Format

Send to

Choose Destination
Pediatr Neurol. 2017 Aug;73:101-105. doi: 10.1016/j.pediatrneurol.2017.04.022. Epub 2017 Apr 29.

Fever-Induced Paroxysmal Weakness and Encephalopathy, a New Phenotype of ATP1A3 Mutation.

Author information

1
Section of Pediatric Neurology, Comer Children's Hospital, University of Chicago, Chicago, Illinois. Electronic address: sho.yano@uchospitals.edu.
2
Section of Pediatric Neurology, Comer Children's Hospital, University of Chicago, Chicago, Illinois.
3
Pediatric Neurology, Connecticut Children's Medical Center, University of Connecticut, Hartford, Connecticut.
4
Department of Genetics and Genome Sciences, Center for Human Genetics, University Hospitals Cleveland Medical Center, Case Western Reserve University, Cleveland, Ohio.
5
Department of Neurology, Massachusetts General Hospital and Harvard Medical School, Boston, Massachusetts.

Abstract

BACKGROUND:

We identified a group of patients with ATP1A3 mutations at residue 756 who display a new phenotype, distinct from alternating hemiplegia of childhood, rapid-onset dystonia-parkinsonism, and cerebellar ataxia, areflexia, pes cavus, optic atrophy, sensorineural hearing loss syndromes.

METHODS:

Four patients with c.2267G>A (R756H) mutations from two families and two patients with c.2267G>T (R756L) mutations from one family are described and compared with the previously reported patients with mutations resulting in R756H and R756C protein variants.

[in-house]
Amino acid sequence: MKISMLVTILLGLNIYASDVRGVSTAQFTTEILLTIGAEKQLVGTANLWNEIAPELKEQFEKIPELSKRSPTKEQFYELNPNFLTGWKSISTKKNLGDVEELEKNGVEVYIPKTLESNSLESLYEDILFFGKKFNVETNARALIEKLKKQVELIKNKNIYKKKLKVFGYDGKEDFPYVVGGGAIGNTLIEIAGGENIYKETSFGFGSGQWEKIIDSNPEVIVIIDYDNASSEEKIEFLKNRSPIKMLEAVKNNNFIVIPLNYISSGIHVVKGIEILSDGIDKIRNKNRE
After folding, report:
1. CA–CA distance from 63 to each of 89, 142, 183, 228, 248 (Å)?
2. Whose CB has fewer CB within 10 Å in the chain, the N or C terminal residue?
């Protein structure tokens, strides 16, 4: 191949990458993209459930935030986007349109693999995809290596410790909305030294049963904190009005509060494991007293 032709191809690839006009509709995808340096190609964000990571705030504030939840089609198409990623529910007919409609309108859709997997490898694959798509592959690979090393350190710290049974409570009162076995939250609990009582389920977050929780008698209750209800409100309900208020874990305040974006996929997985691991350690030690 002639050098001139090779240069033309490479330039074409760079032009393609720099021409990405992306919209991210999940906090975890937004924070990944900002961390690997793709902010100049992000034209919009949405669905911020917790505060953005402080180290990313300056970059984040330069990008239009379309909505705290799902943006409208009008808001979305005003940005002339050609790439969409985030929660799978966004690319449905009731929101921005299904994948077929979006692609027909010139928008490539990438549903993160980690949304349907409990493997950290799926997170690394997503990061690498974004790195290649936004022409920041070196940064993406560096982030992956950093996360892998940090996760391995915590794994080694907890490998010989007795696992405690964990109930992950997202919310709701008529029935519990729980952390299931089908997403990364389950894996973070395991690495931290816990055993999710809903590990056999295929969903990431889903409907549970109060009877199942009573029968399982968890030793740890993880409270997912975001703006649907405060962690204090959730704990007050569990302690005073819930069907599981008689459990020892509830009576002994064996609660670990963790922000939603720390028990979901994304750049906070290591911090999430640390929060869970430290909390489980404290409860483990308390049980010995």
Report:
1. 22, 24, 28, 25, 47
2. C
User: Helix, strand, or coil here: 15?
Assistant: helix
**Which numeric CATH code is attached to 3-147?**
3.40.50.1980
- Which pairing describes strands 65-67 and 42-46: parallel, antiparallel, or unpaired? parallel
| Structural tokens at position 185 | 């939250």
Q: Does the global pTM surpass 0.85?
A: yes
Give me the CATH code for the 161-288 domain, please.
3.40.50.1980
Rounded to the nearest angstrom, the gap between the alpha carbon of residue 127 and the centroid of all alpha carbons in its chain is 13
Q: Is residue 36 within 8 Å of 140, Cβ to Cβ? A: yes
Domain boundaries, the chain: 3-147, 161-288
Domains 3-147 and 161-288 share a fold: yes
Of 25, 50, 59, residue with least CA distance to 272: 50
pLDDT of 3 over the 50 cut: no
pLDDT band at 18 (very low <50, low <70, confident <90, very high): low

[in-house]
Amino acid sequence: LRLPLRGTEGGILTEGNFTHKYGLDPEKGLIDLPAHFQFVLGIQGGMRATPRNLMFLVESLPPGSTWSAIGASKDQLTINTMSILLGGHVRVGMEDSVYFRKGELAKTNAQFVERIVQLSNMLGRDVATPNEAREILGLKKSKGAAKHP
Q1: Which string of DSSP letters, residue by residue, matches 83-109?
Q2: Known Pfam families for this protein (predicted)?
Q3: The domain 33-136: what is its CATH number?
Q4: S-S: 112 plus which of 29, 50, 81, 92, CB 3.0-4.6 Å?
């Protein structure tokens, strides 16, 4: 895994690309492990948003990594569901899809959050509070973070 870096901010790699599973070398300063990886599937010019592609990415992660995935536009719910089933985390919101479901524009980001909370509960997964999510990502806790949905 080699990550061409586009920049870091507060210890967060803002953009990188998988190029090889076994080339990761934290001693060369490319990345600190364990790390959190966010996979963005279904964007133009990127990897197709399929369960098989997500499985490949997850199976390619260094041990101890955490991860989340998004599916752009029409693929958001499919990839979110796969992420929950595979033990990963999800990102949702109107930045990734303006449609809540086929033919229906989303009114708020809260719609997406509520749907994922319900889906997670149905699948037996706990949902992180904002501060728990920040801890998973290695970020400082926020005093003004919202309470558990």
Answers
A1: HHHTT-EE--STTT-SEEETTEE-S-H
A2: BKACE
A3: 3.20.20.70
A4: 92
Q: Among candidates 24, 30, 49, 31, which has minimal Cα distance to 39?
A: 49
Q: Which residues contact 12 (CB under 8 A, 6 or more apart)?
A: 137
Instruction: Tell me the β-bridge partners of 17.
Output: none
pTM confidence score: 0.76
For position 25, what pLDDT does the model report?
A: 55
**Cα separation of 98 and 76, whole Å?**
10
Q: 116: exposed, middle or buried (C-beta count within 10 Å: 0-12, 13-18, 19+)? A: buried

RESULTS:

Patients with ATP1A3 R756H have onset in childhood of infrequent, fever-triggered paroxysms of encephalopathy and weakness with slowly improving but persistent deficits. Motor findings of weakness are mostly generalized, and patients may also have bulbar or oculomotor problems. Longer-term outcomes range from mild motor apraxia with near-normal function to persistent dysphagia, dysarthria, cognitive deficit, motor apraxia, and inability to walk because of ataxia. Patients with ATP1A3 R756L have a similar phenotype that includes paroxysmal, stepwise progression of ataxia associated with infections.

CONCLUSIONS:

ATP1A3 mutations affecting residue 756 result in a clinical syndrome, separate from those associated with previously described ATP1A3 mutations, which consists chiefly of fever-induced paroxysmal weakness and encephalopathy (FIPWE). Patients with R756L and R756C protein variants display more prominent ataxia, overlapping with the relapsing encephalopathy with cerebellar ataxia syndrome previously described in a patient with the c.2266C>T (R756C) mutation. All patients reported with mutations at residue 756 to date have had a similar episodic course and clinical features. Patients with mutations of ATP1A3 residue 756 appear to have a distinct clinical phenotype compared with patients with other ATP1A3 mutations, with fever-induced encephalopathy as key differentiating feature.

KEYWORDS:

ATP1A3; dystonia; episodic encephalopathy; genetics; pediatric

[Indexed for MEDLINE]

Supplemental Content

Full text links

Icon for Elsevier Science
Loading ...
Support Center